List of Arrhenius Acids & Bases

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One of the oldest definitions used in the study of acid base chemistry is one derived by Svante August Arrhenius in the late 1800s. Arrhenius defined acids as substances that increase the concentration of hydrogen ions when added to water. He defined a base as a substance that increases hydroxide ions when added to water. Chemists typically refer to Arrhenius bases as proton acceptors and Arrhenius acids as proton donors. This definition is very general because it describes acid base chemistry only in aqueous solutions. To represent the transfer of the hydrogen ion to water from solid hydrochloric acid, this chemical equation describes the transfer of hydrogen ions to form hydronium ions:

HCl(g) + H2O(l) ----> H3O+(aq) + Cl-(aq)

where g = gram (solid) l = liquid and aq = aqueous. H3O+ is the hydronium ion.

Symbols Used and Periodic Table Representation of the Elements

Chemical equations use abbreviations from the Periodic Table of the Elements. Hydrogen is abbreviated as H, oxygen by O, Chlorine by Cl, and Sodium is abbreviated as Na. Charged ions are indicated by plus (+) and minus (-) signs for positively and negatively charged ions respectively. A positively charged ion without a number is assumed to mean one positively charged ion. A minus sign next to a negatively charged ion without a number is assumed to mean one negatively charged ion. If more than one ion is present, that number is used. The initial substances mixed are called the reactants and are always placed on the left side of the chemical equation. Reactants make products. The products are always listed on the right side of the equation. Above the arrow, between reactants and products, shows a solvent if one is used; if heat or other catalyst is used in the reaction, it is listed above the arrow. The arrow also shows in which direction the reaction will proceed. In cases of reactions that continue until equilibrium is reached, two arrows going in opposite directions are used.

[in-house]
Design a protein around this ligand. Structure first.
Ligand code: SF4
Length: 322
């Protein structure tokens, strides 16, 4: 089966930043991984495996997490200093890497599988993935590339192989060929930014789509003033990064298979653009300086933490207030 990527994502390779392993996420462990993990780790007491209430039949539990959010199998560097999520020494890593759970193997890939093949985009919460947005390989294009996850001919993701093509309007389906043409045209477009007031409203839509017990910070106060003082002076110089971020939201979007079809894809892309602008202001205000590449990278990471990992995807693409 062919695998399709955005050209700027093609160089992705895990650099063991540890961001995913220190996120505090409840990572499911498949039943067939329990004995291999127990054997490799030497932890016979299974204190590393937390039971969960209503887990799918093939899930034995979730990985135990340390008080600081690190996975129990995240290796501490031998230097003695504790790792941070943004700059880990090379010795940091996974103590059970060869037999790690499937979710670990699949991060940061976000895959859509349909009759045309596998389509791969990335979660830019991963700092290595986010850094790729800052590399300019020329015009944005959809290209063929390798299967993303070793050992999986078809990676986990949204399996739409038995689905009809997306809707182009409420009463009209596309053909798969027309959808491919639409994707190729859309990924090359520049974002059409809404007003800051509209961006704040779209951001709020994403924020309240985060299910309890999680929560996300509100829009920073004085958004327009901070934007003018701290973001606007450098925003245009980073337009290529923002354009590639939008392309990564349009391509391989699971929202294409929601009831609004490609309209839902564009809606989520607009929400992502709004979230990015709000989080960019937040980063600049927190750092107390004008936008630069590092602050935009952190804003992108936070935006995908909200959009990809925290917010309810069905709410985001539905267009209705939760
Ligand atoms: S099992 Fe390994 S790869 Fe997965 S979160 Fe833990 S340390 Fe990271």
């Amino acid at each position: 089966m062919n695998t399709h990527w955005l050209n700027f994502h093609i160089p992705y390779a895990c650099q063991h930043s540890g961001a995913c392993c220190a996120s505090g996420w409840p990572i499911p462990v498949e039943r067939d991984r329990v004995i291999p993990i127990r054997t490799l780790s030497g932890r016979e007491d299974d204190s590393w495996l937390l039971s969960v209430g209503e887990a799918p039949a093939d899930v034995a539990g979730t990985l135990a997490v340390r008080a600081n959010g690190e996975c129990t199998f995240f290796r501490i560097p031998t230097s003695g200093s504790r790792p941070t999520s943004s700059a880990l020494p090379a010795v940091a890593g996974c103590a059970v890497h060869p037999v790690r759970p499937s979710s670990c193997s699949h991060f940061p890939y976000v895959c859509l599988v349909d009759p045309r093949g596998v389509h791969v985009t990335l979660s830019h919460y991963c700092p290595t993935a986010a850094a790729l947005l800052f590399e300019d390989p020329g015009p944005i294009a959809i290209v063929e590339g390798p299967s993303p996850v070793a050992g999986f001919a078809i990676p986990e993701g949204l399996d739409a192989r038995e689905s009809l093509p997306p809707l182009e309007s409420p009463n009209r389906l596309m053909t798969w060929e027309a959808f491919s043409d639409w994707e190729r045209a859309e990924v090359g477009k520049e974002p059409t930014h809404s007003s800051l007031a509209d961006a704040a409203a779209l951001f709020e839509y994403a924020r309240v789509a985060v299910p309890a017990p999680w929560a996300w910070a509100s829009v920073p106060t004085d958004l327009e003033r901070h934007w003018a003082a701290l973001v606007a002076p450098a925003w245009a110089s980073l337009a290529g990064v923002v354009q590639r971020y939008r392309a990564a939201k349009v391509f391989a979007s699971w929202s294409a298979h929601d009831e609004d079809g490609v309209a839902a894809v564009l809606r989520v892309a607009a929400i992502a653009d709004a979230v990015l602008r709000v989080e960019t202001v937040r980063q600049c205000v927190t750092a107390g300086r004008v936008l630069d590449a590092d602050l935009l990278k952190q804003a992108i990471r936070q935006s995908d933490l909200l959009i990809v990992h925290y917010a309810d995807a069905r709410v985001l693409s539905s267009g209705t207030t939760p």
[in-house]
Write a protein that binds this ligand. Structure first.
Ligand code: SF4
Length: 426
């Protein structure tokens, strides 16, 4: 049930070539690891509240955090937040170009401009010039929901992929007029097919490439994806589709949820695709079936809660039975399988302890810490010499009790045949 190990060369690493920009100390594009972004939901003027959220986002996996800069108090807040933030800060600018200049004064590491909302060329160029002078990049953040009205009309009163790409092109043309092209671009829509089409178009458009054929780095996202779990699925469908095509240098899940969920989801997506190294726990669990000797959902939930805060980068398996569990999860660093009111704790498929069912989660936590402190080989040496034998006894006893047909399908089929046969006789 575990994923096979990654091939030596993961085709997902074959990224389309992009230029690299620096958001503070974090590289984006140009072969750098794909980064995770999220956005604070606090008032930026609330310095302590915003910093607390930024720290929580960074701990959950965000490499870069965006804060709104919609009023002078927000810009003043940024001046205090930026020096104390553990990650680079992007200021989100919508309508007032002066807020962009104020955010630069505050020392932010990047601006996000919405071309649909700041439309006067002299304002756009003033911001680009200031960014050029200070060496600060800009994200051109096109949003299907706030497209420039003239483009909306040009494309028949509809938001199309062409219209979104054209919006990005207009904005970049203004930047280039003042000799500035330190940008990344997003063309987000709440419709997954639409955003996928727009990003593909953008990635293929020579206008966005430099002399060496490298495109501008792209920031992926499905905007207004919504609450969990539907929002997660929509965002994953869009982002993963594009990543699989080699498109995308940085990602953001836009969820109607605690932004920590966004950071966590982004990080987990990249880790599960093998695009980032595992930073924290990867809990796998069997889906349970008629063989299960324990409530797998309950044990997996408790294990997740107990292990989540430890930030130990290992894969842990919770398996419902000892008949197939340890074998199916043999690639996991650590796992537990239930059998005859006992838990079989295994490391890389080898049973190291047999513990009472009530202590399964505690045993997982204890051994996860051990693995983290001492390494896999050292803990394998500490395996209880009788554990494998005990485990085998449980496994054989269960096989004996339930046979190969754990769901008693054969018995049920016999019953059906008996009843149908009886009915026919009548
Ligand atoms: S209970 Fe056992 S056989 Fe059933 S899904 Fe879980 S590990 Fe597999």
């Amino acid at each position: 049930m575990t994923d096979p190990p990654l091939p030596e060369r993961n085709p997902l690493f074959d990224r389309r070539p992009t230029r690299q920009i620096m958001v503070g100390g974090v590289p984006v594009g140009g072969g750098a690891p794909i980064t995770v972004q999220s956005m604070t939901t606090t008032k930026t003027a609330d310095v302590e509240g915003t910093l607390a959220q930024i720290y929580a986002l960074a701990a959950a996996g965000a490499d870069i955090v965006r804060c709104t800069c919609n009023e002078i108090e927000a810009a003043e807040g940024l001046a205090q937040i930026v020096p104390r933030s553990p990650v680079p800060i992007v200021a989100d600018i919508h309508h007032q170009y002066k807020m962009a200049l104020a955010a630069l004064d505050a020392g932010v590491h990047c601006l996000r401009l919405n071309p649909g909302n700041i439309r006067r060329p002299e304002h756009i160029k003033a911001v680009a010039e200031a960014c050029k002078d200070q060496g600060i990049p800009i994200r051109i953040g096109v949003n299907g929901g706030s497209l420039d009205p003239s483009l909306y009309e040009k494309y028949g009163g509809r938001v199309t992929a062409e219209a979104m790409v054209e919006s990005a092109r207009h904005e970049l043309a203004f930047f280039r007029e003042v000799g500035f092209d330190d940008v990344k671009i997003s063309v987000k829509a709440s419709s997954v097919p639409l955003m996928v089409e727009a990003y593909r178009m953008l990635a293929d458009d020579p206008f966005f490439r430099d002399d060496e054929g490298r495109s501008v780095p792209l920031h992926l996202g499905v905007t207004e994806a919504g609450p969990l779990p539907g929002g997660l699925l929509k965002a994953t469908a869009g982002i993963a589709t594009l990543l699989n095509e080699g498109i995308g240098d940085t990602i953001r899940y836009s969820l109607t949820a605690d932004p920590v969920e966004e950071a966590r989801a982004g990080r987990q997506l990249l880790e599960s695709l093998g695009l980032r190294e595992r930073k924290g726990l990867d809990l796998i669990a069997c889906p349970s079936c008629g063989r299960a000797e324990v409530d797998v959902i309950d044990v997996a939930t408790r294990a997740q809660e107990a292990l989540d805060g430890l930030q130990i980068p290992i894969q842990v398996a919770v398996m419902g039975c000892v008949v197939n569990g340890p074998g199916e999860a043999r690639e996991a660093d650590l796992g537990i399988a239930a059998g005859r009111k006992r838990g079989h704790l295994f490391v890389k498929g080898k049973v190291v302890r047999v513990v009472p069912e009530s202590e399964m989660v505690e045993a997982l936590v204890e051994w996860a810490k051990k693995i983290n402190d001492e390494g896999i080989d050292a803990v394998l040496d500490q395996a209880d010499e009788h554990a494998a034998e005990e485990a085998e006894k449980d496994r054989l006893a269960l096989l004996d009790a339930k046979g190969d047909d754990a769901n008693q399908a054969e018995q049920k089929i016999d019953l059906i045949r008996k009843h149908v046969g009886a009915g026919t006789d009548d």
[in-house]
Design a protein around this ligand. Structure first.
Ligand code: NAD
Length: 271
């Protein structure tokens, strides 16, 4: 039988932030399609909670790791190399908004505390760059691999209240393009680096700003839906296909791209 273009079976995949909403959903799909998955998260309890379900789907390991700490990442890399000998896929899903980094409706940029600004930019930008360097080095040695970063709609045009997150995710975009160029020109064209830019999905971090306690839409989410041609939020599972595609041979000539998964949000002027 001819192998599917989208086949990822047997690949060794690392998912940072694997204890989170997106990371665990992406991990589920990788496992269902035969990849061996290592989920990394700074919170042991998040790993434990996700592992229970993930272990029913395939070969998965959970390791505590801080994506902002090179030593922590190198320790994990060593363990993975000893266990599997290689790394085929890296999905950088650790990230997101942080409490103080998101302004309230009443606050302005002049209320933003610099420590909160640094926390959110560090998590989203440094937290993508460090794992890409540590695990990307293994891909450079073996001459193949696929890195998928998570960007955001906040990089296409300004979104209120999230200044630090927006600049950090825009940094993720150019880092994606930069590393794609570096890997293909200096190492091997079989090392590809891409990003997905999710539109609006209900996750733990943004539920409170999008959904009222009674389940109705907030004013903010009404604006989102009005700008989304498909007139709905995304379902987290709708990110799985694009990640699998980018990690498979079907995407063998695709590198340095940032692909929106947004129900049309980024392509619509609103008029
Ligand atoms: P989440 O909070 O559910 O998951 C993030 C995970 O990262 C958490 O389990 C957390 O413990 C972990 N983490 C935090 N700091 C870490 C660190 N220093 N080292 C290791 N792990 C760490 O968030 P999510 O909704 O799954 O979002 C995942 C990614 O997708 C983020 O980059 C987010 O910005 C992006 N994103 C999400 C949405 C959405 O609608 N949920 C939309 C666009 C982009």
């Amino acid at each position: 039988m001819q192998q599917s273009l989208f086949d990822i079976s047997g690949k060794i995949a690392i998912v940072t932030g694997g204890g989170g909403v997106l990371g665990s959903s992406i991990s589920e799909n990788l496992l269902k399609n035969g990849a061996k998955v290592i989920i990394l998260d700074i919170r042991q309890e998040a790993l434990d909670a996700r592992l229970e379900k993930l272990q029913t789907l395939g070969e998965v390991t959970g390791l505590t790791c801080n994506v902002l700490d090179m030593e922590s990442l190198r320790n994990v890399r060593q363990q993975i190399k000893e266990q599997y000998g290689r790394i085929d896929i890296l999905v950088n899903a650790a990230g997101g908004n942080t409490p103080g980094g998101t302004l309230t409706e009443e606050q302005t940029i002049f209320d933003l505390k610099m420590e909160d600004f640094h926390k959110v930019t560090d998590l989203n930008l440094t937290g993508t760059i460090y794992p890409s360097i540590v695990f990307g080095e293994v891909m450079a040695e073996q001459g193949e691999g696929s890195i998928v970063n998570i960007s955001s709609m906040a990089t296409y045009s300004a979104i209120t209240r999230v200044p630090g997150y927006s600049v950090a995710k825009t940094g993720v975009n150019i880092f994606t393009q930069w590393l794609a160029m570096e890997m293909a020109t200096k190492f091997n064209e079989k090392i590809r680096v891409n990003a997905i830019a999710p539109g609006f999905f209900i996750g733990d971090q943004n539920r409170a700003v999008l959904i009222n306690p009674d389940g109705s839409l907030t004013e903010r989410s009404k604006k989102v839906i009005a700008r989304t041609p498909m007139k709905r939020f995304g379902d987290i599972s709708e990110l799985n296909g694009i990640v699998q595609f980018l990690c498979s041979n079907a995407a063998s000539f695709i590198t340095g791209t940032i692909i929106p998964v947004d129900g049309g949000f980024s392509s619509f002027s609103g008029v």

HCl is an Example of an Arrhenius Acid

An example of an Arrhenius acid chemical equations is:

HCl(g) ----H2O----> H+(aq) + Cl-(aq)

HCl(g) = Solid hydrochloric acid (in a binder). Water is the solvent and the products are the positively charged hydrogen ion in aqueous solution and the negatively charged chloride ion in aqueous solution. The reaction proceeds from left to right. The Arrhenius acid produces hydrogen ions.

NaOH is an Arrhenius Base

An example of an Arrhenius acid chemical equation is:

NaOH(s) ----H2O----> Na+(aq) + OH-(aq) where s = in solution

NaOH(s) = Sodium hydroxide solution. Water is the solvent and the products are the positively charged sodium ion in aqueous solution and the negatively charged hydroxide ion in aqueous solution. The Arrhenius base produces hydronium ions.

Acids and Bases as Defined by Arrhenius

Arrhenius defined acids and bases in aqueous solutions. Therefore any acid that dissolves in water can be considered an Arrhenius acid and any base that dissolves in water can be considered an Arrhenius base.

References

About the Author

Ocean Tides began writing professionally in 2010. She has been published in the "Biological Journal of the Linnean Society." In 1997 Ocean completed an Associate of Arts in liberal studies and will complete a Bachelor of Science in wildlife biology at the University of California Davis in 2011.

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